CHICAGO -- The ballhawks who patrol Waveland Avenue outside Wrigley Field must be giddy.
Javier Baez gave them reason to celebrate with his first home run at Wrigley, a towering shot that cleared the left-field bleachers, and Anthony Rizzo followed with his 27th of the season to power the Cubs to a 4-2 victory on Wednesday night over the National League Central-leading Brewers.
The fireworks came in the third against the Brewers' Kyle Lohse in front of 31,191. Chicago had taken a 2-0 lead in the first on a sacrifice fly by Rizzo and RBI single by Starlin Castro.
Baez, playing in his ninth big league game, led off the third by launching a 1-1 slider over the left-field bleachers for his fourth home run. Rizzo rocketed the next pitch, a curveball, from Lohse into the right-field seats for his second homer in as many games, and 27th of the season, second in the NL to the Marlins' Giancarlo Stanton, who has 31.
"The second pitch [of the inning] to Javy was a homer, and I fed off the energy of the crowd right there," Rizzo said. "It was probably a ball, but I went down and got it. Luckily, I got it up high enough."
It's the fifth time the Cubs have hit back to back blasts this season, and the first time Baez and Rizzo have done so. Cubs fans are hoping for many more by the pair.
"It feels great," Baez said. "I hit the ball pretty good. As soon as I hit it, everybody went crazy. I knew it was gone because I hit it really good."
Lohse then served up a single to Castro and struck out Luis Valbuena. Brewers manager Ron Roenicke and an athletic trainer went to the mound to check on the right-hander, who finished the inning, striking out both Arismendy Alcantara and John Baker. But Lohse apparently tweaked his right ankle in the third, and was lifted.
Cubs manager Rick Renteria was impressed at how Baez made adjustments during the game.
"His strength is swinging the bat in terms of what he can produce," Renteria said. "He showed you he can drive the ball the other way in situations, so he's making adjustments. He's aware of what he's got to do. It just takes time. He's 21 years old. They're pitching him pretty tough, too."
During the game, Renteria didn't join in the dugout dance the players do after Rizzo homers. But after the game ended, the Cubs manager could understand the fans excitement.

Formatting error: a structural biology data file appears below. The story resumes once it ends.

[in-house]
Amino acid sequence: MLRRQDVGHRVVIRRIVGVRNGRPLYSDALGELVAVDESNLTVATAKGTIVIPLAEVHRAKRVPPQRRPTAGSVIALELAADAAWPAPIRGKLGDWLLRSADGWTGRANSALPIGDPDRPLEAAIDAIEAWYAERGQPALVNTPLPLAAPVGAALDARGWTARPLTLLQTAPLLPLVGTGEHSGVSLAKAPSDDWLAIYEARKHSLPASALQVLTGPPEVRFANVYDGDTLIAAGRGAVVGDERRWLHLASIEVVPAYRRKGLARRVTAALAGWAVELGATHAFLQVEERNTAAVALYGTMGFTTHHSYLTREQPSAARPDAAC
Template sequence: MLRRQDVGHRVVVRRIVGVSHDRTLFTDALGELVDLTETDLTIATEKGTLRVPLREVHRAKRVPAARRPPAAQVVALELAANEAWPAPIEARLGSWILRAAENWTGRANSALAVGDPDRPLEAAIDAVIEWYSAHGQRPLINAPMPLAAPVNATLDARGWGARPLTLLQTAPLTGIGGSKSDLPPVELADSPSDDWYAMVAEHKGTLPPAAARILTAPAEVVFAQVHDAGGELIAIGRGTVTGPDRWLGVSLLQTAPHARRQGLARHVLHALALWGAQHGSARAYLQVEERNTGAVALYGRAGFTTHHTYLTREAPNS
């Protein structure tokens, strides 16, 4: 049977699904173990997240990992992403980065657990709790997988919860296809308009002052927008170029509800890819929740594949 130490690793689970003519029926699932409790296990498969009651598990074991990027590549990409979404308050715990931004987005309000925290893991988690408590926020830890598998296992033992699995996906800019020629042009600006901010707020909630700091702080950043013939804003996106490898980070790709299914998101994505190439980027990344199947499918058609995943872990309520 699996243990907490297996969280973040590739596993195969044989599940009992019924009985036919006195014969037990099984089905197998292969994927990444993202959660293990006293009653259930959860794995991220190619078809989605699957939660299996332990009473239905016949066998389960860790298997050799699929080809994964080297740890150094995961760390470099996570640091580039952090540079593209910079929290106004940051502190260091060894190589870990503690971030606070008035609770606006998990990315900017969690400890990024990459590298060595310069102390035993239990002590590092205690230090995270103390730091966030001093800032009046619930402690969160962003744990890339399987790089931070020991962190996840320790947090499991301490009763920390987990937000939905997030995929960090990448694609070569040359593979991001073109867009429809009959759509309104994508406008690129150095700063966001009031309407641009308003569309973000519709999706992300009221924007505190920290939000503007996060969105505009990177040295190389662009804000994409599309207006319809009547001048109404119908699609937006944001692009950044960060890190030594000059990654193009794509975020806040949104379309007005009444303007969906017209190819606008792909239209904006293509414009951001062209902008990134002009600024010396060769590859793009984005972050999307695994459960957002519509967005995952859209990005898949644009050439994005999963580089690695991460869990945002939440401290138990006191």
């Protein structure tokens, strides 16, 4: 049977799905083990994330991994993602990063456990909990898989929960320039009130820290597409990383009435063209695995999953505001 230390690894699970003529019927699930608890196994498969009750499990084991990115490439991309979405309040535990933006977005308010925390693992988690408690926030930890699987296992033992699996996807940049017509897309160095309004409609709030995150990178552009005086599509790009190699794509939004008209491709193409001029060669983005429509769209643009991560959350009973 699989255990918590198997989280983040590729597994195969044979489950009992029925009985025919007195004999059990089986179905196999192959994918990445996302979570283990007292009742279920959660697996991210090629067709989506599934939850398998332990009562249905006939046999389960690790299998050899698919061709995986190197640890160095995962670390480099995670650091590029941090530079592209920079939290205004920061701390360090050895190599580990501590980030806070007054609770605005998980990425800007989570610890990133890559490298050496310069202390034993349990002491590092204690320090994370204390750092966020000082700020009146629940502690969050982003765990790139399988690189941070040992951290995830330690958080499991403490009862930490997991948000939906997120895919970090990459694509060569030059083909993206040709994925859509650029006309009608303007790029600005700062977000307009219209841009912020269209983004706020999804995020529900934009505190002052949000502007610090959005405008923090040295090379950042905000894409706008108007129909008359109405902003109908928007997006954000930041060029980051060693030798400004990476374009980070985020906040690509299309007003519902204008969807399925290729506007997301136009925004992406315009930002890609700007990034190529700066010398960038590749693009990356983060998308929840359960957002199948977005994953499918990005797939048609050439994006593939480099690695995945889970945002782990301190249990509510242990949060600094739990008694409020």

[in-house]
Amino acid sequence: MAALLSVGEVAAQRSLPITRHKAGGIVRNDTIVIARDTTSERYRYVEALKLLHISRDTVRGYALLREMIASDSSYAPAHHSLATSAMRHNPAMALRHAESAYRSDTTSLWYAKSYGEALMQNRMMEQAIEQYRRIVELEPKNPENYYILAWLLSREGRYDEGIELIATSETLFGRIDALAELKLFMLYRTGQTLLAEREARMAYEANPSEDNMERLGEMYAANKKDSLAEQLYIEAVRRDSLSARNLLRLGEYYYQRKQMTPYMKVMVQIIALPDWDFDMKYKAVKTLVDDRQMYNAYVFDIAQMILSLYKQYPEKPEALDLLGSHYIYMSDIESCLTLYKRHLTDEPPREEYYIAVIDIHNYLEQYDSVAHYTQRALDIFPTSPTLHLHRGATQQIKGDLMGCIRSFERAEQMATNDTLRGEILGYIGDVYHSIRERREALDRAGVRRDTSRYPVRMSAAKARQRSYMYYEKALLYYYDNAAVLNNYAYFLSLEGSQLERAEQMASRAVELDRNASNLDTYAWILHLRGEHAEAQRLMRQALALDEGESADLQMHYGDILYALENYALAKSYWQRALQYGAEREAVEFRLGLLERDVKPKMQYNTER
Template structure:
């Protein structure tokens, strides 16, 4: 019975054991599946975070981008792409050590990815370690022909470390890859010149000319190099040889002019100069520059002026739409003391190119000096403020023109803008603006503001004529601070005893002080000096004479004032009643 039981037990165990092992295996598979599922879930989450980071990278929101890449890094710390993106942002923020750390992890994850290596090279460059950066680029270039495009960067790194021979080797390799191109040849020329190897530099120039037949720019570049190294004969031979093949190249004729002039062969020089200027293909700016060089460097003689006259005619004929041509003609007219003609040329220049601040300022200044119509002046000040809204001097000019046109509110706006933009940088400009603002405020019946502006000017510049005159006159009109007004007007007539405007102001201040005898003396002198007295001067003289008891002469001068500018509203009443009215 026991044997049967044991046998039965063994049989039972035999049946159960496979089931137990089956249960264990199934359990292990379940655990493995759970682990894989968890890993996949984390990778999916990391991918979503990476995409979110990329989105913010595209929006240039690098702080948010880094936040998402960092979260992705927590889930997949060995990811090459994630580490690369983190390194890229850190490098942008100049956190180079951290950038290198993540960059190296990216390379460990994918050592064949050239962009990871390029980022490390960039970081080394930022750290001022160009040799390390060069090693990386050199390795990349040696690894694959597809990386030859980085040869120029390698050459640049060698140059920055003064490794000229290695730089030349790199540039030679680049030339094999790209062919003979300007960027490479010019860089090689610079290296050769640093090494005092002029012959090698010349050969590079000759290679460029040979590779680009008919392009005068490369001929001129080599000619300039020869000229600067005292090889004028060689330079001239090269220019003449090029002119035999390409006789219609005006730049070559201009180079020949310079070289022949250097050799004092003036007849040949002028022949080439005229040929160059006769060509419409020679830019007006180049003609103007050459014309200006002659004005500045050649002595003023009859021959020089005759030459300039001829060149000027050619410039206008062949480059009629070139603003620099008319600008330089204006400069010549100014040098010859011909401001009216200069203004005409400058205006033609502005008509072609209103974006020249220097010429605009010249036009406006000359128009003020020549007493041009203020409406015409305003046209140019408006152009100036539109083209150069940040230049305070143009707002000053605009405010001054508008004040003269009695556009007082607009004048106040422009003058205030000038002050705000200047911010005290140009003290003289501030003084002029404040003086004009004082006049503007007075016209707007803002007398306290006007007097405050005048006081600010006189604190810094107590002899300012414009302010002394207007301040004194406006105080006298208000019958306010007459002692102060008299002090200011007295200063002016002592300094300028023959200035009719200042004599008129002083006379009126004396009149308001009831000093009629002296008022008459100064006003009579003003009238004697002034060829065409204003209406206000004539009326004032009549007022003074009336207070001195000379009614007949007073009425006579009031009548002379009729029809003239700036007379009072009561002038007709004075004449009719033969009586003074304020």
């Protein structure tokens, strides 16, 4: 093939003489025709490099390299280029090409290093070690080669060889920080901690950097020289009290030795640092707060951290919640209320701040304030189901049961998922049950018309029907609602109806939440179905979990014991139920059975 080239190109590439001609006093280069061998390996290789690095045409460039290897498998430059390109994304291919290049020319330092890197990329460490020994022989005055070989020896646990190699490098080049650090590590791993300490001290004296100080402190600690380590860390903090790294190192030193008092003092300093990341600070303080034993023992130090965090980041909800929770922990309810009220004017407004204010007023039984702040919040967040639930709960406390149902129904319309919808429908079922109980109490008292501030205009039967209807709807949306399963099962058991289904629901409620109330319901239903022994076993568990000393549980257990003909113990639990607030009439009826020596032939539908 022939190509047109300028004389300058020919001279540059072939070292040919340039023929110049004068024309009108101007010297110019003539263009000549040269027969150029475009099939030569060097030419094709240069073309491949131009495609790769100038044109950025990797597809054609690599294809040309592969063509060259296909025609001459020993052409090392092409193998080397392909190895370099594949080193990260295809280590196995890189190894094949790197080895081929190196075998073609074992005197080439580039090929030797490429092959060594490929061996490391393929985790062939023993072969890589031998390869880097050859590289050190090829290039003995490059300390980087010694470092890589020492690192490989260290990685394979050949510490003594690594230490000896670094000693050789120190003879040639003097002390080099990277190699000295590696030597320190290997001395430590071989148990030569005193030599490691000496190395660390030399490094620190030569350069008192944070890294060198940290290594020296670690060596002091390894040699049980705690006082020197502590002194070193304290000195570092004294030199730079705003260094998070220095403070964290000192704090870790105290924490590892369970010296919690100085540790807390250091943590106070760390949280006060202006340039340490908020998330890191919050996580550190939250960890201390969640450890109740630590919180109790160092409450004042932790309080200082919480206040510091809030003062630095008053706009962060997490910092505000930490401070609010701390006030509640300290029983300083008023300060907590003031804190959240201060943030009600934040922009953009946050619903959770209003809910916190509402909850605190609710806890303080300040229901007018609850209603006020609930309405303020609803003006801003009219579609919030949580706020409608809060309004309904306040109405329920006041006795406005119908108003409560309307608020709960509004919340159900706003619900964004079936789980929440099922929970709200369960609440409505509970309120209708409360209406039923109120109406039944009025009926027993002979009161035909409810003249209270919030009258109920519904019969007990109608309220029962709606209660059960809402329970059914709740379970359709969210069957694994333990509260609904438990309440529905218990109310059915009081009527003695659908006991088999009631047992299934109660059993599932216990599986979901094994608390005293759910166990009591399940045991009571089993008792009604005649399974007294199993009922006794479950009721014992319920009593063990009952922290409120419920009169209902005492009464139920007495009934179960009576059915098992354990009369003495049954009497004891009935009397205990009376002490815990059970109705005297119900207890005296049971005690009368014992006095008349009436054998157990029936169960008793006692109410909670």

"Sitting back, you look at them and say, 'I've got a 21-year-old and a 24-year-old doing the things they're doing,' and yeah, it's pretty exciting," Renteria said.
"There's reason to be excited here," Rizzo said, "but I'm not going to get caught up in it. We have 50 games left to prove to everyone that we're going to be good very soon."
Tsuyoshi Wada posted the seventh straight quality start by a Chicago pitcher despite giving up two runs on back to back home runs by Rickie Weeks and Martin Maldonado with two outs in the seventh. Cubs starters now have a 2.09 ERA in that stretch, serving up 11 runs over 47 1/3 innings.
Last year, Wada started using a two-seam fastball when he realized his four-seamer wasn't enough to get Major League hitters out. He now possesses what Renteria called "sneaky life" to his fastball. Roenicke said Wada's fastball "jumped" and surprised his hitters early.
"It was the first time we faced him," Milwaukee's Carlos Gomez said. "I don't think we're going to have the same luck next time we face him."
"He was very strong in his execution and made his pitches," Renteria said of Wada. "He seems to have some deception. His fastball plays 88, 89 [mph] on the board, but to the hitter, he's throwing balls that are getting by very good hitters. The deception factor he has is very important."
What did Wada do that was so effective?
"I think [Kyle] Hendricks pitched a very good game yesterday which threw the hitters off, and I just followed [catcher John] Baker's lead and he called a very good game," Wada said.
On Tuesday, Hendricks posted his fifth straight quality start in the Cubs' 3-0 win over the Brewers. Hendricks and Wada both are candidates for spots in the 2015 rotation. The Cubs do plan on pursuing pitching this offseason, although general manager Jed Hoyer said they aren't necessarily looking for an ace.
"Pitching, in general, is something we're aggressive on, and the better that pitching is, the more desirable it is," Hoyer said before the game. "I don't want to characterize it as 'No. 1 quality' or whatever. We know we have to have pitching, and we know we have an imbalance and I think that will be our main area of focus in the offseason."
That's because they know they don't have to worry about hitting.
Carrie Muskat is a reporter for MLB.com. She writes a blog, Muskat Ramblings, and you can follow her on Twitter @CarrieMuskat. This story was not subject to the approval of Major League Baseball or its clubs.